Despite an annual income of more than £9million, huge question marks surround the future of the Royal Highland Agricultural Society and it's flotilla leader, the Royal Highland Show.

Last year's esteemed four-day event at Ingliston not only attracted a record breaking attendance of 195,400, it also secured an amazing £4.82m for the society. Add to that a £2.15m income from some 200 other centre events and £2.04m from land assets, membership and investments, and the RHASS yielded a total income of £9.01m.

However, with expenditure totalling £9.75m in 2019 and the cancellation of all such events at Ingliston to date as a result of the Covid-19 pandemic, in its latest annual report on the society's finances, auditor Ernst and Young have warned: “... there remains a material uncertainty related to the impact of Covid-19 which may cast significant doubt on the group or charity’s ability to continue as a going concern.”

According to RHASS chief executive Alan Laidlaw, the comments were based on the huge uncertainty surrounding the pandemic and whether a 2021 Royal Highland Show would be able to go ahead and if so, in what format when social distancing is key to reducing the spread of the virus.

“We cannot shy away from the fact that we are facing a very uncertain future with challenges posed by the global coronavirus pandemic,” said Mr Laidlaw.

He said the cancellation of the 2020 Royal Highland Show wiped £4.5m from the society’s income along with another £2m from other such centre events.

“It will be some time before we will see mass gatherings taking place again so this reduction in income is likely to be sustained well into next year,” he added. “This undoubtedly puts the charity under significant financial strain and, while we are working on ways to mitigate this, it is a large gap to fill.”

To reduce costs, Mr Laidlaw said that 30+ of the society's 50+ full-time members of staff had been put on the government's furlough scheme, which will be used as long as possible. In addition, grant money has been accessed from the Scottish Government’s Pivotal Enterprise Resilience Fund, whilst a Covid Business Interruption Loan had also been secured.

RHASS chairman Bill Gray said Covid-19 had taken the gloss off last year's record-breaking show and the completion of the £5.4m events and members facility. The society, he said, was having to take on a completely different world in which it would remain focused on its charitable status, in particular, RSABI, RHET and SAYFC.

“There is no doubt that RHASS was on a solid financial position achieved by the robust management of our assets," said Mr Gray. "However, the pandemic could not come at a worse time as we were about to launch our new events space, host the Royal Highland Show – the Society’s biggest income generator – and enter into our busiest time for our events business, the Royal Highland Centre.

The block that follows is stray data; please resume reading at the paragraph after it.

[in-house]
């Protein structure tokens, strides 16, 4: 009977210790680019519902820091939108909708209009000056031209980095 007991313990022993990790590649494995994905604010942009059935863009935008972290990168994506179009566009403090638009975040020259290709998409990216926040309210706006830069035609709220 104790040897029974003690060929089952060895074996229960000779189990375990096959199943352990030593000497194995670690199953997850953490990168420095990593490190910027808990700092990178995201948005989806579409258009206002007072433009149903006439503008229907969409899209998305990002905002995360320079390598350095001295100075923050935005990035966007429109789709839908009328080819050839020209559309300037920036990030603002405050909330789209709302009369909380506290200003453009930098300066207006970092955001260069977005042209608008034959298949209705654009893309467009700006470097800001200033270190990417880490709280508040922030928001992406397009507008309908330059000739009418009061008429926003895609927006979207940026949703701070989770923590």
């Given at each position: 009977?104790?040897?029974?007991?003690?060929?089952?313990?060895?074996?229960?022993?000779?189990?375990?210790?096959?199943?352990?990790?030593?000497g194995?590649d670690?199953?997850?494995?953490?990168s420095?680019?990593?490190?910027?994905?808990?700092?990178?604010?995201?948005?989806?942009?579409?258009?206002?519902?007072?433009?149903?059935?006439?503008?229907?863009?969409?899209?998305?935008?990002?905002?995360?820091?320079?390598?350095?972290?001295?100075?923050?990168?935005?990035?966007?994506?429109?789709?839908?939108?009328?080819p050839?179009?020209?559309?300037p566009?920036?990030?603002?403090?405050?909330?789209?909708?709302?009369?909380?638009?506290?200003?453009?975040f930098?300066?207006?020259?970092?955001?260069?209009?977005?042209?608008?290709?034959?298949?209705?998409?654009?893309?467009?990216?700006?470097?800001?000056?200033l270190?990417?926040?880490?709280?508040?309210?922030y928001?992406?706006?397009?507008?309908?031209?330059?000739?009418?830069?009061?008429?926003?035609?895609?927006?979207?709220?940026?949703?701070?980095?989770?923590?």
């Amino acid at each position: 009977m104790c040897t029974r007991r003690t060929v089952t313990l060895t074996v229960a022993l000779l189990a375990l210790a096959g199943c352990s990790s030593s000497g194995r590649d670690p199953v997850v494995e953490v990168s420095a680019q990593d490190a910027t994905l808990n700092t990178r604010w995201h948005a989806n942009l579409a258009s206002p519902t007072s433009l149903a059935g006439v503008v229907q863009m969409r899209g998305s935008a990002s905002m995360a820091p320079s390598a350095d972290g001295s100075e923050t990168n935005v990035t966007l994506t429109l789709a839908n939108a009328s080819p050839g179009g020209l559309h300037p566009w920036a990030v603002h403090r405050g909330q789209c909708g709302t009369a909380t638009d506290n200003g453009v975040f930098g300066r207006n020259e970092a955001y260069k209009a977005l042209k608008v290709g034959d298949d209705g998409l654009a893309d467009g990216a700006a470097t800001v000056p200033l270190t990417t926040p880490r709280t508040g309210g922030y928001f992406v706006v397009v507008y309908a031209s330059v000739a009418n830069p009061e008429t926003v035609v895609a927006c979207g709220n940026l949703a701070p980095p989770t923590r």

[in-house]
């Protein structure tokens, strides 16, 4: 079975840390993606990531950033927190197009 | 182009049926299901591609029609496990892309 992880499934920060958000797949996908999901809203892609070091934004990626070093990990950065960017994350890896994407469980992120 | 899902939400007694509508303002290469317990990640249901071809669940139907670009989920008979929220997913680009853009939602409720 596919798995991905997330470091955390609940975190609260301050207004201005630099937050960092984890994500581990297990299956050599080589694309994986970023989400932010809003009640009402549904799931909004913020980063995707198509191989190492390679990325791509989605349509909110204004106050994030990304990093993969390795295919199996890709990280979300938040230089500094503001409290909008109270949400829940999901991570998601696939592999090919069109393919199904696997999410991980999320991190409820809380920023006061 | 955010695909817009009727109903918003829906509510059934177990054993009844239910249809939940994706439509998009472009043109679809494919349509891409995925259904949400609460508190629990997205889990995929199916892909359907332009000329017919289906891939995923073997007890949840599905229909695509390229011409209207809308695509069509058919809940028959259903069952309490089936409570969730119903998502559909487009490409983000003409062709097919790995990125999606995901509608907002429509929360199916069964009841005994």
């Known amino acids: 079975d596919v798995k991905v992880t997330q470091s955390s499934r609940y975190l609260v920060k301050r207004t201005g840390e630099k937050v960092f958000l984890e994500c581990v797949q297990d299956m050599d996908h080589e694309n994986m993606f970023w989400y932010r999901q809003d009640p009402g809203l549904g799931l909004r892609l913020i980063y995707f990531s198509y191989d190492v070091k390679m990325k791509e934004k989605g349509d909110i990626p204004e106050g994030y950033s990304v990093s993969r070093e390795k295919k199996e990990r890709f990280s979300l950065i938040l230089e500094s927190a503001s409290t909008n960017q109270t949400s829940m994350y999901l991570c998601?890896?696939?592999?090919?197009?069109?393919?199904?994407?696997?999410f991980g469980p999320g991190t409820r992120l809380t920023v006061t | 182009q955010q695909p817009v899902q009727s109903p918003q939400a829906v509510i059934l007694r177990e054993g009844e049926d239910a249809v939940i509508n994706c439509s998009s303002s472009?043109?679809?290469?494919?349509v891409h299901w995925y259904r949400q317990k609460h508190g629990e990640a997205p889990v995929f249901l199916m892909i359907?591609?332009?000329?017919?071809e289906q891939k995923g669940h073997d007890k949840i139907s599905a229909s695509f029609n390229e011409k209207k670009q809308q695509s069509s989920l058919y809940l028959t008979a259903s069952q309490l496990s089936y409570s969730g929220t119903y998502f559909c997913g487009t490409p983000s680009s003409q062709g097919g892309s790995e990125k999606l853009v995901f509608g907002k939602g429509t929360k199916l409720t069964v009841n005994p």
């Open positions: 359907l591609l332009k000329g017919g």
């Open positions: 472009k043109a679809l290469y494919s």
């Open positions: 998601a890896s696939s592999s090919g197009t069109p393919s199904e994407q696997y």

“Overnight we saw over £6m wiped from our income sheet and this will take time, hard work and support from the industry to bounce back from. We are about to embark on a major fundraising drive which will hopefully give us the lifeline we need sustain the charity.”

Mr Gray added that he had been hugely humbled by the level of support from the membership. Looking towards next Royal Highland Show, he said the 2020 presidential team would roll over to 2021 and that all one-year directors would continue for another year.

Hence, following this year’s cancellation, Dumfries and Galloway and its famous Belted Galloway cows will take centre stage as the host region of next year's show, which is due to take place June 17 to 20. Broadcaster and Lord Lieutenant of Dumfries, Fiona Armstrong, welcomed the news as RHASS honorary president.

“We would like to thank the RHASS for their generosity in allowing this to happen. A chance like only comes around every eight years," she said. “We had ambitious plans to highlight the region and it would have been a great shame if those had come to nothing.

“This year’s show was a ‘virtual’ one – and very successful. Next year’s will hopefully be the real deal allowing us to showcase D and G as a place of excellence for its food, farming, coast, countryside, art, culture, heritage and tourism.

“And we are looking forward to the region’s much-loved Belties having a starring role.”

The presidential team includes vice presidents all of whom have business and farming experience in the region – Alasdair Houston, Alistair Marshall, Hugh Ramsay and Percy Weatherall. They are supported by RHASS regional directors: Ian Beck, Matthew Currie, James Dunlop, Jim Hastings, Heather Wildman and Liz Vance, with John Mackie and Lorraine Mair, whilst Alex Cairns is chaplain.

In the year to November 30, 2019, the RHASS reported £4.15m invested in the Royal Highland Centre including the completion of the £5.4m events and members’ facility

• 9% increase in awards and bursaries awarded totalling £340,000 (£312,000 2018) • £9.01m (2018: £9.60m) income

• Net assets down 2.4% to £20.8m (2018: £21.3m)

• 1.3 % increase in revenue generated by The Royal Highland Show, delivering a sixth consecutive record-breaking year, £4.82m (2017: £4.76m)

• Trading income, generated by RHASS’ wholly owned subsidiary, Highland Centre Ltd, increased 30% on 2018 to £2.15m

• Net operating deficit (£713,000) (2018: £618,000 surplus)

• £636,000 generated through membership, 8% increase on 2018